Mme L’Ovary’s Dr. Gillian Flower is a naturopath with the Centre for Health Innovation in Ontario, and she’s on a mission to help people get through treatment with the most benefits and least side effects as possible. The impacts of chemotherapy (numbness, pain, hormonal changes, hot flashes, etc.) can be softened with plants and a suitable diet. Natural alternatives can also be effective in preventing recurrence following remission.

There are a lot of different natural treatment strategies:

  • Change your diet
  • Use plant extracts
  • Take natural vitamins and supplements
  • Manage stress with meditation
  • Get acupuncture treatments (before and after chemotherapy)
  • Do post-surgery physiotherapy (among other things to prevent lymphedema)
  • Etc.

To everyone who’s been diagnosed, know that you can have good health and cancer at the same time. One doesn’t exclude the other.

One of our precious collaborators, Valérie LeBlanc, went on a journey of naturopathic oncology with Dr. Flower during her healing process. She talked with Érica about the reality of breast cancer in a vulnerable and hopeful conversation.

Having agency in your care journey is a big step toward healing

In the fall of 2020, Sophie Reis was diagnosed with aggressive breast cancer (found fortuitously and without any family history) that completely changed her life. She turned this uncontrollable event into a gift. She transformed her supposedly heavy and sad reality into an infinite source of teachings that she shares on her platform. Cancer as a gift.

Sophie Reis - cancer as a gift

When she was diagnosed, Sophie’s first reflex was to assemble a tribe of breast cancer survivors so she could educate and inform herself. As a patient, she felt the duty to awaken her conscience and take ownership of information related to her illness.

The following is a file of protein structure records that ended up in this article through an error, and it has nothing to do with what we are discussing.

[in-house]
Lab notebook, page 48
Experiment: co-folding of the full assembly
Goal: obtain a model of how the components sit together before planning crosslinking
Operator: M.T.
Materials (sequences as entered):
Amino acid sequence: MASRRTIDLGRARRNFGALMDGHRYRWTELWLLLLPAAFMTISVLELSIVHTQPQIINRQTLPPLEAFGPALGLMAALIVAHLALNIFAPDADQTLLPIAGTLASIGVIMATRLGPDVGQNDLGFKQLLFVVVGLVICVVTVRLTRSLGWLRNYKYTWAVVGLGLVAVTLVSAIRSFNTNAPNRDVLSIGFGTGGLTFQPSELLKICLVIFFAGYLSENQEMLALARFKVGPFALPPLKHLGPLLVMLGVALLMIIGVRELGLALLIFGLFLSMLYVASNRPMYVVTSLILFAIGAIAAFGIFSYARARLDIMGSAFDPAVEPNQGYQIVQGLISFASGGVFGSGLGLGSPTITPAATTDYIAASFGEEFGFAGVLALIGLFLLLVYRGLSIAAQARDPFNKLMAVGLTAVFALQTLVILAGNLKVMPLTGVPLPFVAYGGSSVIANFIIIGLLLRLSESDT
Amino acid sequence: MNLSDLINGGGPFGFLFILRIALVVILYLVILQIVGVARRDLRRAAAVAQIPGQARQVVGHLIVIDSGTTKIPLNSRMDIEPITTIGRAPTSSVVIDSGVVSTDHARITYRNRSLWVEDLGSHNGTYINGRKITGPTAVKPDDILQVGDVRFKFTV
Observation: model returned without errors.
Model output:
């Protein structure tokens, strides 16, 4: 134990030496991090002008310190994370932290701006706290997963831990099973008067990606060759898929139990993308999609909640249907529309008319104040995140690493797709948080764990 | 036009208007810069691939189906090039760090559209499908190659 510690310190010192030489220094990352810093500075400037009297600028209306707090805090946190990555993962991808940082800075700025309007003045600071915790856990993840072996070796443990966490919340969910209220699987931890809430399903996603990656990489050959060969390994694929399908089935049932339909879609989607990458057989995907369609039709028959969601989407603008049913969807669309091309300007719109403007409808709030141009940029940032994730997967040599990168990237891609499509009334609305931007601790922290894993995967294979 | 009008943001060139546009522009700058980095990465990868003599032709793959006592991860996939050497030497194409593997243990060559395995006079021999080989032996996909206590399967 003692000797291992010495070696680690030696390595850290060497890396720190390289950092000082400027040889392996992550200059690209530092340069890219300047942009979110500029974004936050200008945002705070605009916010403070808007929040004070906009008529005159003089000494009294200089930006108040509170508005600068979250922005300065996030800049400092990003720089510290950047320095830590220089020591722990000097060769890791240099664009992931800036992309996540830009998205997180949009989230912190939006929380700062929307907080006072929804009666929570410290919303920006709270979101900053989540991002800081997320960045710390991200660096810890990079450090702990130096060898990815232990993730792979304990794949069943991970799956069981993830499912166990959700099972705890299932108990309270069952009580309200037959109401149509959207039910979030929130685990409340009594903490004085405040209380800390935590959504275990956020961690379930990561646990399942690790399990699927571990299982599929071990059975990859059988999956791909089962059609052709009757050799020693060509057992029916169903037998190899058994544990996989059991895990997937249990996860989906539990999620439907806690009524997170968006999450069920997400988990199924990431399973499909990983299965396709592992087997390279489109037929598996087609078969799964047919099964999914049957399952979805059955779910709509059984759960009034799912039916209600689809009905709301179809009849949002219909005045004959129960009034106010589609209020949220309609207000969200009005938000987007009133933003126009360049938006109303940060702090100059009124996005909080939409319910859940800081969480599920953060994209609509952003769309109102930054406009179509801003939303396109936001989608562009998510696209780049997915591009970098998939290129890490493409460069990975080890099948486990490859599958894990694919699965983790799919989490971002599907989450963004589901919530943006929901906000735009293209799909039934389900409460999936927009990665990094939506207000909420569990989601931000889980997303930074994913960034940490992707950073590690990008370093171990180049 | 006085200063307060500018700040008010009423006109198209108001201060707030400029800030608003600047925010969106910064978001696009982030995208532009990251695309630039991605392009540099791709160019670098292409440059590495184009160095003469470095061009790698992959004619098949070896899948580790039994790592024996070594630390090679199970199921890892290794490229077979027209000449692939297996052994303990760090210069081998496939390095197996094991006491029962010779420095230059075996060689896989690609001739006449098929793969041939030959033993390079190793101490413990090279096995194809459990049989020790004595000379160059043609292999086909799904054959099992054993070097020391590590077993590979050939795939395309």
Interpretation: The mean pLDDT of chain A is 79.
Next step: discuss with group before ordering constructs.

“Empowering yourself is essential. Everyone can have agency in their healing and throughout their care journey.”

One of the most valuable tips she shared with us is not to stay passive in the face of the disease. Be curious and learn about what’s happening. You don’t need to have all the answers, but it’s important to team up with your oncologist and ask a bunch of questions. In a culture where doctors are placed on a pedestal, Sophie believes it’s necessary to work with them on an equal footing.

That’s why she’s built a multidisciplinary team of 13 specialists to take charge of her health. “I became the president of my health, and I built the best board of directors around me!” Naturopath, homeopath, acupuncturist . . . you name it! It’s got to be said that Sophie has the soul of an entrepreneur, and it’s inspiring to see that her process has borne so much fruit.

The cooling helmet: Keeping your hair despite chemotherapy

Losing your hair is often an emotionally taxing experience for people undergoing chemotherapy. But here’s the good news: there’s a super-solid solution out there! I know, I know: that’s surprising because in Quebec, we hardly ever hear about it!

For almost 30 years, the cooling helmet technique has been used in Europe to protect people’s hair follicles. In Canada, it was approved by the Food Inspection Agency in 2015, and two yeara ago, a supplier set up shop in Toronto.

In short, it’s an ice cap that you put on during and after chemotherapy. At about -30ºC, expect to visit the North Pole for a few hours! The cold decreases blood flow to the scalp, which also llimits the influx of chemotherapy molecules to that area. The results are pretty amazing!

You have the right to make an informed decision. And to do that, you have to have the right information. So here you go: all the information you need!

To conclude, a cancer diagnosis doesn’t have to define us.

You might not think of breast cancer as a gift, but even still, it doesn’t have to be a totally sombre experience. It might even go well. Some days will definitely be harder than others, but by getting informed and surrounding yourself with caring people, you’ll have more good days than you might think possible.

So to wrap this up, here’s a teensy reminder to monitor your breasts and give them a little love while you’re at it! Your breasts are closer to your heart than any other organ; they deserve to be taken care of.